France has the highest number of British nationals vulnerable to a loss of rights.
According to the British Embassy, recent figures suggested some 135,000 out of 148,3000 Brits have applied for post-Brexit residency, leaving 13,300 at risk. Information about the application process can be found HERE
A new joint survey by RIFT (Remain in France Together)
, a group supporting the rights of British people living and working in France, and the British embassy revealed the different reasons why people have not yet applied.
Firstly, there are those who are nervous about being rejected. One of the issues is that the conditions for legal residency in France is that the person has sufficient resources.
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This has caused a certain amount of consternation among those living on meagre resources in France, but there is no evidence (yet) to suggest Brits are being turned down because of a lack of incomings.
The Local understands that out of the tens of thousands who have applied there have only been handful of refusals and they were mainly down to serious criminality on part of the applicant. However no official statistics have been released.
However, failing to apply on time could create more problems, as you will need “reasonable grounds” for having missing the deadline. Those of have applied for residency and been turned down have the right to appeal the decision – full details HERE
There are others who simply still don’t know they need to apply.
Rights groups in France and the British Embassy have long been concerned about those Brits living off the radar in the country, who still might not be aware of the bureaucratic hoops they now need to jump through thanks to Brexit.
Even to this day The Local receives emails from people unsure whether they need to apply.
There has been a desperate communication drive by the British embassy, resident groups and campaigners to get the word out. However, campaigners say not enough has been done to raise awareness. More information can be found HERE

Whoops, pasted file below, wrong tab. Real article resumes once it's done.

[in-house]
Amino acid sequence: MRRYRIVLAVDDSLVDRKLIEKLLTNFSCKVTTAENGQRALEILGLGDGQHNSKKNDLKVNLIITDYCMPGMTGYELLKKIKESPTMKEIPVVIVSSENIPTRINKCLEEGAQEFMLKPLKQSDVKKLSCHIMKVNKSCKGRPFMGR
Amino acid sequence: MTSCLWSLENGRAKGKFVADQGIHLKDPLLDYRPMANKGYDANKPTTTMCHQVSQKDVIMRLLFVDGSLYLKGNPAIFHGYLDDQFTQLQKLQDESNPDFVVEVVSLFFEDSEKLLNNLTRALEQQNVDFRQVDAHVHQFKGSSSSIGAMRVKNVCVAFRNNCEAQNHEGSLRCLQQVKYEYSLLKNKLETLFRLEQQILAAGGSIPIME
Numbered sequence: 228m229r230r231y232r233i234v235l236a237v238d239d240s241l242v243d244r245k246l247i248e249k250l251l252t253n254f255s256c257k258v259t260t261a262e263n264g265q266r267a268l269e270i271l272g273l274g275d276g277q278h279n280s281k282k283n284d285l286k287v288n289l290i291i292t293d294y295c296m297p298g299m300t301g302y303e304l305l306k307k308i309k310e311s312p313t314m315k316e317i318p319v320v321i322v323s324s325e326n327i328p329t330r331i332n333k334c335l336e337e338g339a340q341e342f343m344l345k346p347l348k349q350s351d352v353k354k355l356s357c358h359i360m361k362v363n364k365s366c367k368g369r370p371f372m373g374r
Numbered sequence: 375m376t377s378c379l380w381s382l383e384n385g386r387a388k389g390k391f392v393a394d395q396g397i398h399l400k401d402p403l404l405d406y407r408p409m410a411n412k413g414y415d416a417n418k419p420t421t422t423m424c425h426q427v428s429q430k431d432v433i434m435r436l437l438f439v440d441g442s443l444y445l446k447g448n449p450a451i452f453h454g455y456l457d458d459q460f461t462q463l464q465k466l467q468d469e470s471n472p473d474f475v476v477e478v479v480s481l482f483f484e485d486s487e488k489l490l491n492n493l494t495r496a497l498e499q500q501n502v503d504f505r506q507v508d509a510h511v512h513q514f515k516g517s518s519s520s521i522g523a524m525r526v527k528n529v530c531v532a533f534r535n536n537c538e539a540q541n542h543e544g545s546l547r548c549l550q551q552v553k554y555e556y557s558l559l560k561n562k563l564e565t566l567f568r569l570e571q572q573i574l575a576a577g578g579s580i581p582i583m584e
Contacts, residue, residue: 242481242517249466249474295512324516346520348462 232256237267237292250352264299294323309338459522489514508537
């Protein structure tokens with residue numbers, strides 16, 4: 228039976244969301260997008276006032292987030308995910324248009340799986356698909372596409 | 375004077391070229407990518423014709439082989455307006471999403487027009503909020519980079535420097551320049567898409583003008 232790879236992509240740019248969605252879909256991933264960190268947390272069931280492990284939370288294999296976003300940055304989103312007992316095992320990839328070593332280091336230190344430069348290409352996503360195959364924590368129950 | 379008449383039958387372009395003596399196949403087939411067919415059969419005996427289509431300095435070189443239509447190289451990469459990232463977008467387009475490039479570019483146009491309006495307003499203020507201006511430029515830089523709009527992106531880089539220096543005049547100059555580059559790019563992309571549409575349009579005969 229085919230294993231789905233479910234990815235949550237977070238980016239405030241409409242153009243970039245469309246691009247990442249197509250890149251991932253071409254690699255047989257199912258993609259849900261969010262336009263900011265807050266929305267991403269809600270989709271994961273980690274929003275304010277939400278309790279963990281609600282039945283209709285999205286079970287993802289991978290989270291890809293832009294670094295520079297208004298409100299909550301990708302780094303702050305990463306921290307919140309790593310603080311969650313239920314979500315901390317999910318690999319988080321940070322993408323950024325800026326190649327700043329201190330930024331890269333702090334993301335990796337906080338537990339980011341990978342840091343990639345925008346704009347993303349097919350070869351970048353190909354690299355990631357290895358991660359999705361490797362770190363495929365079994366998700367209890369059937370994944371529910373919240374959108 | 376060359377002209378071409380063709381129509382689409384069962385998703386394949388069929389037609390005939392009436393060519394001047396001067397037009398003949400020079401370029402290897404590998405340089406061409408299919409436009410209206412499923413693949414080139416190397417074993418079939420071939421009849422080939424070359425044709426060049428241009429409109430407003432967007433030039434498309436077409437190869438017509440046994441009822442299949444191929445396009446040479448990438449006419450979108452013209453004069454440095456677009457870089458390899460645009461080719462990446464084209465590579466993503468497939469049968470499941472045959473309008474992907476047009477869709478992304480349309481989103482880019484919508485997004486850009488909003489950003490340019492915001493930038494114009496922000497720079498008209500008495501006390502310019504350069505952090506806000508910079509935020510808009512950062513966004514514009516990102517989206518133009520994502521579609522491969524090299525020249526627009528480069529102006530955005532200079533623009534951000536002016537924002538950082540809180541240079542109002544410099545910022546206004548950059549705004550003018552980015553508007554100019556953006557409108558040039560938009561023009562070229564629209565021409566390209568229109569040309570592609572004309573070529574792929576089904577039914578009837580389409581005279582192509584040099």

All British nationals who were resident in France before December 31st, 2020 are required to apply for the residency permit known as a carte de séjour – even people who have been here a long time, who are married to a French person or who previously had a residency card.
It also applies to people who already hold a European carte de séjour, are in the process of applying for a French nationality, or are married or PACSed to French or other EU nationals.
The only group who don’t have to apply are Brits who have already obtained dual nationality with an EU country, although they may apply if they wish. Children under 18 do not need to apply.
Other respondents said they haven’t applied because they didn’t know how to apply or they need help with the application process. You can get help HERE
There were also Britons living in France who are simply leaving it until the last minute, but do intend to apply before the deadline on June 30th.
Finally, a large part of respondents are relying on their dual nationality (UK/EU member state), and therefore do not need to apply, though they can if they wish.
According to British in Europe
, an organisation campaigning for the rights of UK citizens in the EU, there are five key groups of British nationals in France that are at risk of falling through the cracks:
– Those who know what they need to do but haven’t got round to sorting out their paperwork to apply yet.
– The elderly or vulnerable who are being cared for, and who have very little access to internet and social media.
– Younger adults who have grown up in France and are fully integrated in French families who believe their EU spouse/kids mean they do not nee to apply.
– People who have lived here for decades, often in French families and who may have residency permits – some of whom don’t identify as British.
– Third country national family members who rely on a UK national for residency rights.